Second, Pelosi’s Taiwan trip justified Beijing’s moves to shift the Taiwan Strait military balance further to its favor. Compared to the last crisis in 1996, PLA exponentially expanded the maritime areas and air space for the joint military exercise and extended the live-fire drills to Taiwan’s self-claimed “territorial waters,” resulting in a practical blockade. The ballistic missiles even flew over Taiwan’s Patriot sites for the first time. The military response from the US this time, however, turned out much weaker. One aircraft carrier battle group has been sent to the region only to escort Pelosi, in stark contrast to the two such groups deployed to confront PLA in 1996. Blinken made it clear that “US is not going to engage in any provocative actions of our own,” acquiescing to Beijing’s current military advance. After the scheduled 5-day PLA’s largest ever military drill around Taiwan since August 3, Beijing immediately announced a new round of drills near the island, prompting many to believe that the high-intensity military pressure from Chinese mainland might be a new normal. The one key factor for the US to keep “strategic ambiguity” is to sustain an overwhelming offshore military superiority, making the other side to believe the US is able to bear the cost of a military showdown. The US resolve is now put into question considering Beijing’s mounting area-denial capability displayed in the new status quo.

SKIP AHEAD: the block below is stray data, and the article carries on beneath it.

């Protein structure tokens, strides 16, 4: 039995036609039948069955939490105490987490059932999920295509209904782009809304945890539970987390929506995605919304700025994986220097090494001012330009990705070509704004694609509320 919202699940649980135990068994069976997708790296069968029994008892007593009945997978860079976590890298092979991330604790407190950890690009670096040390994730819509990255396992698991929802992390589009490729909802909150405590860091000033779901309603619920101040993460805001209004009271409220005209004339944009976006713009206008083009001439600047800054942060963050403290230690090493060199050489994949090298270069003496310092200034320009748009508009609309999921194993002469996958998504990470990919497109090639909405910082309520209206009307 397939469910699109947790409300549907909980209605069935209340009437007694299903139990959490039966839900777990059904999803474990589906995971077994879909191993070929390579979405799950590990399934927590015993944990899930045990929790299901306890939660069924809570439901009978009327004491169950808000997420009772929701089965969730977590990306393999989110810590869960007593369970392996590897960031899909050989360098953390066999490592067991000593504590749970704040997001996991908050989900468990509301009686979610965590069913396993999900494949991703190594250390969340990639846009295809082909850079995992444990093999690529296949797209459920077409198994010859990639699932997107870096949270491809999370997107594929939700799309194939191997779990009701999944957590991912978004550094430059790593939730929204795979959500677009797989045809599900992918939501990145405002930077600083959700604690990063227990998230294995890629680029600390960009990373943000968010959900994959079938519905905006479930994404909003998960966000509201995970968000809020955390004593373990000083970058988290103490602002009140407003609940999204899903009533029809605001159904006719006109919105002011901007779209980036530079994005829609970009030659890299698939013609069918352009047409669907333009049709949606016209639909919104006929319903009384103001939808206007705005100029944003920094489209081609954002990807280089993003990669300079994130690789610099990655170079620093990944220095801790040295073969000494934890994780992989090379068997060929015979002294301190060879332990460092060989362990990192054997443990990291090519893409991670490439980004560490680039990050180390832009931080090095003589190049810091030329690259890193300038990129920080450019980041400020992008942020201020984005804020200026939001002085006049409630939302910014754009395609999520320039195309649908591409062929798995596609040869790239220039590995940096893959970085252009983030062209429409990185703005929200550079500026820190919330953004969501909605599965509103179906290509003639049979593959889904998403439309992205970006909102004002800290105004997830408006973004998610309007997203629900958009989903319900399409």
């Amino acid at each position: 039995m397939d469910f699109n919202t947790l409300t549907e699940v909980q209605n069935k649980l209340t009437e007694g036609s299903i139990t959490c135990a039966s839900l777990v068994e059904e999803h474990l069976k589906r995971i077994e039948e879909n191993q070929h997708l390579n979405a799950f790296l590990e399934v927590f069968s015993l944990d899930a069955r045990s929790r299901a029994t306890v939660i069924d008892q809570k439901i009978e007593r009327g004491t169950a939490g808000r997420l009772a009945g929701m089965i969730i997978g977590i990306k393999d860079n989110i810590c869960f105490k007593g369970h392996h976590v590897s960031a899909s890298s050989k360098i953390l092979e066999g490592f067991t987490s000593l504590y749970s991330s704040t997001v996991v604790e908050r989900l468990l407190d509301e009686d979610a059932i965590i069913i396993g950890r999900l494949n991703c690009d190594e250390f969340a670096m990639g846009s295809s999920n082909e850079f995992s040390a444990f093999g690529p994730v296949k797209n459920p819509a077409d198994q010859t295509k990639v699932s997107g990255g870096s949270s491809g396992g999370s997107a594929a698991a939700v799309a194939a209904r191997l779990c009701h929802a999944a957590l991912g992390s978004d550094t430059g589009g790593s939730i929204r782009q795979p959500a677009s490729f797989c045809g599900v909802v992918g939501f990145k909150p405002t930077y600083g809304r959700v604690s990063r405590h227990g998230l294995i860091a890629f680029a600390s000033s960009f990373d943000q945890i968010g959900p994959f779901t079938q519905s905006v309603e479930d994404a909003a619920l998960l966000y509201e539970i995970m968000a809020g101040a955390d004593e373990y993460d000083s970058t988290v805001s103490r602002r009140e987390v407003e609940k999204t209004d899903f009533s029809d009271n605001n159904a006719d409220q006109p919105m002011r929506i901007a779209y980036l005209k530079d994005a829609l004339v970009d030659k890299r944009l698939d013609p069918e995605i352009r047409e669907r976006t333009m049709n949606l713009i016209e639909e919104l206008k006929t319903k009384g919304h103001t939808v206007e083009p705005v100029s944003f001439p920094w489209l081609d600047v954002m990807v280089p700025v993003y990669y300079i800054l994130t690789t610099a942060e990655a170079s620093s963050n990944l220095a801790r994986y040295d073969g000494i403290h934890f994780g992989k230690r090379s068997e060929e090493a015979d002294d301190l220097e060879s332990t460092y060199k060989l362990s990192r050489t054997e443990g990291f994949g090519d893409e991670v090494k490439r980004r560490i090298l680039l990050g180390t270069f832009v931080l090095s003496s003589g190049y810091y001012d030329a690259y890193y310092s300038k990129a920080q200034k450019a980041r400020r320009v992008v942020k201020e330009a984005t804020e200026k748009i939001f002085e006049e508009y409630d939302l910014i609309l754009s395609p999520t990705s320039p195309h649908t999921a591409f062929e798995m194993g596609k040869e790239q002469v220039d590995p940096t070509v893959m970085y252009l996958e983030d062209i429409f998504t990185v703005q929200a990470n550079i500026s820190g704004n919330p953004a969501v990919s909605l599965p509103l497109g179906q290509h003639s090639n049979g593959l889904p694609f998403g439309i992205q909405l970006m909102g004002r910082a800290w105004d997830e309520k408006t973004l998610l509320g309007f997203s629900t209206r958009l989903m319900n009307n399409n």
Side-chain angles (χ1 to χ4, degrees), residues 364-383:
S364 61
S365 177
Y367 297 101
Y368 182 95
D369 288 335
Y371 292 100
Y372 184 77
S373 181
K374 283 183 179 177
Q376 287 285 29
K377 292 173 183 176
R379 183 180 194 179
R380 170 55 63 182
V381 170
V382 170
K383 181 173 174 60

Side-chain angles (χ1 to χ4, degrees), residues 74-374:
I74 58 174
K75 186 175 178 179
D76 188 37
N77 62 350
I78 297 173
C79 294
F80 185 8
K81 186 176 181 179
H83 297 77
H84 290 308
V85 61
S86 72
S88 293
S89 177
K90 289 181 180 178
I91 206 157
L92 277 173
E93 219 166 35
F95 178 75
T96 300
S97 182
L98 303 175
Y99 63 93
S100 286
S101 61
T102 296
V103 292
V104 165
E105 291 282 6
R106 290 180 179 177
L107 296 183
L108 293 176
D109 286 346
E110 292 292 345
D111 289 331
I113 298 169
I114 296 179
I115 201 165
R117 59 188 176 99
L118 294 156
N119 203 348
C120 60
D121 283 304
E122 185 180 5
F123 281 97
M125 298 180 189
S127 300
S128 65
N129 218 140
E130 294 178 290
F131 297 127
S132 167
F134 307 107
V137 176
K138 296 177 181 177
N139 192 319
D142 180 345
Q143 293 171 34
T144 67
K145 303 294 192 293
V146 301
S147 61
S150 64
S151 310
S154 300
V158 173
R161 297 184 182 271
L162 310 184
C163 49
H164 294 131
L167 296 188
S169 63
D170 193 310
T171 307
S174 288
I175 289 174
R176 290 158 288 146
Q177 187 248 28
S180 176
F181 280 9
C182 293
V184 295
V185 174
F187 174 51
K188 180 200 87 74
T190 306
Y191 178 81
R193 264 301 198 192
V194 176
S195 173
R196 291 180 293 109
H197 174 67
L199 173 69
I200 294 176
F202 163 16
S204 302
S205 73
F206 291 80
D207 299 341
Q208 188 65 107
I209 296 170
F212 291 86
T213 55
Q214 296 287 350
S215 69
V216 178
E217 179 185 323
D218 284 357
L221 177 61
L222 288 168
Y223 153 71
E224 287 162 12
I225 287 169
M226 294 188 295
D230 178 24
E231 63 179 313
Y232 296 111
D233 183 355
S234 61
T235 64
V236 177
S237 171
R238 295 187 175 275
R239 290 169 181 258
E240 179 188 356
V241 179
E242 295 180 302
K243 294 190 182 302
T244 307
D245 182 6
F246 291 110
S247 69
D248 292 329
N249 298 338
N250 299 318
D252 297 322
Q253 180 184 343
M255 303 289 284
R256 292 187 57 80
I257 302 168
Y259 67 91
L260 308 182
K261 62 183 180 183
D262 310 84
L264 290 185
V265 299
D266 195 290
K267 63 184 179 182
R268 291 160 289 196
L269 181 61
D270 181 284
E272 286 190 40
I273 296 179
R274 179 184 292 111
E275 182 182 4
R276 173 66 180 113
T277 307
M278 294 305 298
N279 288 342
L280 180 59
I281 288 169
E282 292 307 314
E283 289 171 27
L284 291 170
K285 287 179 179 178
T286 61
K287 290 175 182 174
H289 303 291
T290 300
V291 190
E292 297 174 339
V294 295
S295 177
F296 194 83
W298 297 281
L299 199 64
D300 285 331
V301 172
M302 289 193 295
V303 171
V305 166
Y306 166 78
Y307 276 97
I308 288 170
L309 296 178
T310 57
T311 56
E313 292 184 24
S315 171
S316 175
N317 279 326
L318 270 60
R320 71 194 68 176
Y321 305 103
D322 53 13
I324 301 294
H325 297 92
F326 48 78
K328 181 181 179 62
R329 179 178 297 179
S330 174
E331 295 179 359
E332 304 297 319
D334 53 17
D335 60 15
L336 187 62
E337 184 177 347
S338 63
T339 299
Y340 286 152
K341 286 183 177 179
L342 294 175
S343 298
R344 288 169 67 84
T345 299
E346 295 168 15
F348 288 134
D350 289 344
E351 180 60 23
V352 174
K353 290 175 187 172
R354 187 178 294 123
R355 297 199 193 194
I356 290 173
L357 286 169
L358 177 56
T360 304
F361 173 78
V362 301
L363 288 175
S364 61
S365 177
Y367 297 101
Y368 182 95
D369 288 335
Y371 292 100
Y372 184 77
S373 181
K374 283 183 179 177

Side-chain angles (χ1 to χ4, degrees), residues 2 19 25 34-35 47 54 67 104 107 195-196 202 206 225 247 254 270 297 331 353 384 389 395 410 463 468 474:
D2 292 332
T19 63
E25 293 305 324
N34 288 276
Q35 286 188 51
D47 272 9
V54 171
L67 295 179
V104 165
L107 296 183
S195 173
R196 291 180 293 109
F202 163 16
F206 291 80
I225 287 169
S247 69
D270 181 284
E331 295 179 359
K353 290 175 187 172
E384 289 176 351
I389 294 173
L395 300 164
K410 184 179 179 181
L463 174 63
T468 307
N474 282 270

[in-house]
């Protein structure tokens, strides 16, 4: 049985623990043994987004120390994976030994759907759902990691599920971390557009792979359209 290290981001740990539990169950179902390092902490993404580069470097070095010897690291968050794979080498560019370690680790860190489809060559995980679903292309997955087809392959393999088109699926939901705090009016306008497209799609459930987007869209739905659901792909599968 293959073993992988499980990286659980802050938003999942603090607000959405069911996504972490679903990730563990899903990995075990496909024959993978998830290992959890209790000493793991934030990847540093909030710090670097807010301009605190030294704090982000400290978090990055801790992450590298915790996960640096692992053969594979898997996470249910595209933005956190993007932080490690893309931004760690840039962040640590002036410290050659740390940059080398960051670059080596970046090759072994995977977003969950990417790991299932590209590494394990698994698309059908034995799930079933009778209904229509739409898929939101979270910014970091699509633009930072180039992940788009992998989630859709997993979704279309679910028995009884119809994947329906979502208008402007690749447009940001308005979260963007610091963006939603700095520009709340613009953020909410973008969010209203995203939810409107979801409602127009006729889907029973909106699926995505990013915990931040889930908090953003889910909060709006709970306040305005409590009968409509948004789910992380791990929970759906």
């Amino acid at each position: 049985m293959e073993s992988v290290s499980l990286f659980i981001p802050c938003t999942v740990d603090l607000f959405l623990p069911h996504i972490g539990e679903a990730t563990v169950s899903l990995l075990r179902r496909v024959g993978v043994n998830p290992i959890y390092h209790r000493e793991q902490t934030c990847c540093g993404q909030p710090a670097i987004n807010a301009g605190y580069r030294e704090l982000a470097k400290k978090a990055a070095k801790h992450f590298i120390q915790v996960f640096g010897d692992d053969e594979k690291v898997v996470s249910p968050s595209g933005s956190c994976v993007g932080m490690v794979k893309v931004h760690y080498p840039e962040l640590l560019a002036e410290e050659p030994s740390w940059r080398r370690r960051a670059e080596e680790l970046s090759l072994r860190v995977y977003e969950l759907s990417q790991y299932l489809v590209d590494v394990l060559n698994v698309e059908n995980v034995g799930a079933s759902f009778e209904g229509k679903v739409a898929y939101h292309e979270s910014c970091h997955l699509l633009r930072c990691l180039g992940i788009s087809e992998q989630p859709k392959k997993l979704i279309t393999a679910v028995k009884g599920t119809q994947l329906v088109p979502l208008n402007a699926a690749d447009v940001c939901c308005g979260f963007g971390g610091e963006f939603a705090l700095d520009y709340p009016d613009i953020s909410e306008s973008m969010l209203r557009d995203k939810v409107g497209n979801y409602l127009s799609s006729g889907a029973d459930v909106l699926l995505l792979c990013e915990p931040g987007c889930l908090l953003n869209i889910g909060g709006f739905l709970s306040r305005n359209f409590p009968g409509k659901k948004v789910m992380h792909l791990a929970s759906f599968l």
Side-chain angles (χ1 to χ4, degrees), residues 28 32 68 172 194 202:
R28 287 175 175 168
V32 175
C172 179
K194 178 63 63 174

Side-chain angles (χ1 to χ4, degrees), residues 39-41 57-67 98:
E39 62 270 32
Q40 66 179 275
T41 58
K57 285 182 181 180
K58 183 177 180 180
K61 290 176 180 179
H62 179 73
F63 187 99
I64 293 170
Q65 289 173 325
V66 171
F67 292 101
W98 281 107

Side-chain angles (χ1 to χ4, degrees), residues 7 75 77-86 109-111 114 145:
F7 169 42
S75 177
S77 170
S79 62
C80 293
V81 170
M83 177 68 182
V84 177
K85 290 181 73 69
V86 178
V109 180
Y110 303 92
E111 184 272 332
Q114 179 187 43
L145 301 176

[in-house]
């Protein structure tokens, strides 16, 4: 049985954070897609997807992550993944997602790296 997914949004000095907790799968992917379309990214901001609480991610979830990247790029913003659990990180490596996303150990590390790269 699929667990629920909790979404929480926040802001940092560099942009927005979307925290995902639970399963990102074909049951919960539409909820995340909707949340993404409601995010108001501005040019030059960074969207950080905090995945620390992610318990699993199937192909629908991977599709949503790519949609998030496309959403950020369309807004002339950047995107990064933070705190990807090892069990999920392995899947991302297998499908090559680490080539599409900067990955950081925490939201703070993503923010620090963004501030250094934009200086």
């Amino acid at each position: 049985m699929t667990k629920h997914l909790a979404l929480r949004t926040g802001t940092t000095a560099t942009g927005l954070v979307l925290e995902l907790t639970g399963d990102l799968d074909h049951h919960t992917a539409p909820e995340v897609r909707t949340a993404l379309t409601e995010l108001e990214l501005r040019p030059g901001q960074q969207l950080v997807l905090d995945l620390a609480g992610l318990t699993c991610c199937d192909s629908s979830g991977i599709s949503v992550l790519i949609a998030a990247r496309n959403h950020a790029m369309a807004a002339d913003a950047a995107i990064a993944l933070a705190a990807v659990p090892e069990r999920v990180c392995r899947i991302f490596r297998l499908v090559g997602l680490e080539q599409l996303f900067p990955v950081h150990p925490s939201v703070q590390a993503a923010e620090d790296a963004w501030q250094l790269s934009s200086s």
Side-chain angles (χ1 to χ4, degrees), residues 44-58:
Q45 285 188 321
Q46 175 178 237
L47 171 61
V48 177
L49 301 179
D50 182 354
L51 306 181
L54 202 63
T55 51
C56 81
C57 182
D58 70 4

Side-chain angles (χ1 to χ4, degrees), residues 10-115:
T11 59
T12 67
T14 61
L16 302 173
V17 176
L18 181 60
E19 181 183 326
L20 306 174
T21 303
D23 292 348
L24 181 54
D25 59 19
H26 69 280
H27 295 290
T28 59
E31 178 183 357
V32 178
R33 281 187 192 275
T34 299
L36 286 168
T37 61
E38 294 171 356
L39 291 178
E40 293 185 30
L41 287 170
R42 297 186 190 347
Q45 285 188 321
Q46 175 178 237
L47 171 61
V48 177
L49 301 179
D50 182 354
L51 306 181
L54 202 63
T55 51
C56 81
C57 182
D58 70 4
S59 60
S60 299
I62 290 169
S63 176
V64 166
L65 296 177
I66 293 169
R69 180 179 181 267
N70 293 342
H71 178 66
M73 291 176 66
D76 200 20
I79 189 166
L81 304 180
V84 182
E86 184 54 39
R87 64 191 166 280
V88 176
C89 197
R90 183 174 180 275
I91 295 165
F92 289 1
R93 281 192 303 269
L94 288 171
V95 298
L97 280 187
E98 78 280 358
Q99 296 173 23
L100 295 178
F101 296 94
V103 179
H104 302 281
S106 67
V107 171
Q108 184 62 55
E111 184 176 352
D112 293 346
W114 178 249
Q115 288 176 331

Third, Pelosi’s presumptuous behavior undermined Biden administration’s ability to stick firmly to “strategic ambiguity” in the future. Since the abrupt deterioration of China-US relations during Trump’s reign, the debate heated up about whether to keep the long-established and rewarding ambivalent tactic or to opt for a radical and thirst-quenching “strategic clarity.” It is one of the reasons why US politicians started to flirt with line-crossing moves in recent years. However, it is noted that Biden still maintained the traditional vague stance during his call with President Xi a few days prior to Pelosi’s travesty. Biden literally reaffirmed the “dual deterrence” policy by saying that “the United States strongly opposes unilateral efforts to change the status quo or undermine peace and stability across the Taiwan Strait.” However, Pelosi’s Taiwan visit has now raised people’s expectation for Democrats’ belligerent stance towards China. Any realistic policy towards China will be reviewed under public pressure. On the other hand, despite the White House’ implicit disapproval of Pelosi’s visit, Beijing holds Biden administration responsible for condoning her as the House Speaker traveled to Taipei on a C-40 military airliner. As the Russia-Ukraine conflict raged on, the US can’t afford to escalate tensions with another nuclear power, but Pelosi made it harder for Biden to make a sound compromise with Beijing as he might look soft and weak. Either way, “strategic ambiguity,” the least bad US tactic on the Taiwan issue, is no longer a consensus for American elite and the support for it is dwindling. Future US presidents will be struggling to maintain it.
Subscribe to Sinical China for more original pieces to help you read Chinese news between the lines. Xu Zeyu, founder of Sinical China, is a senior correspondent with Xinhua News Agency, China’s official newswire. Follow him on Twitter @XuZeyu_Philip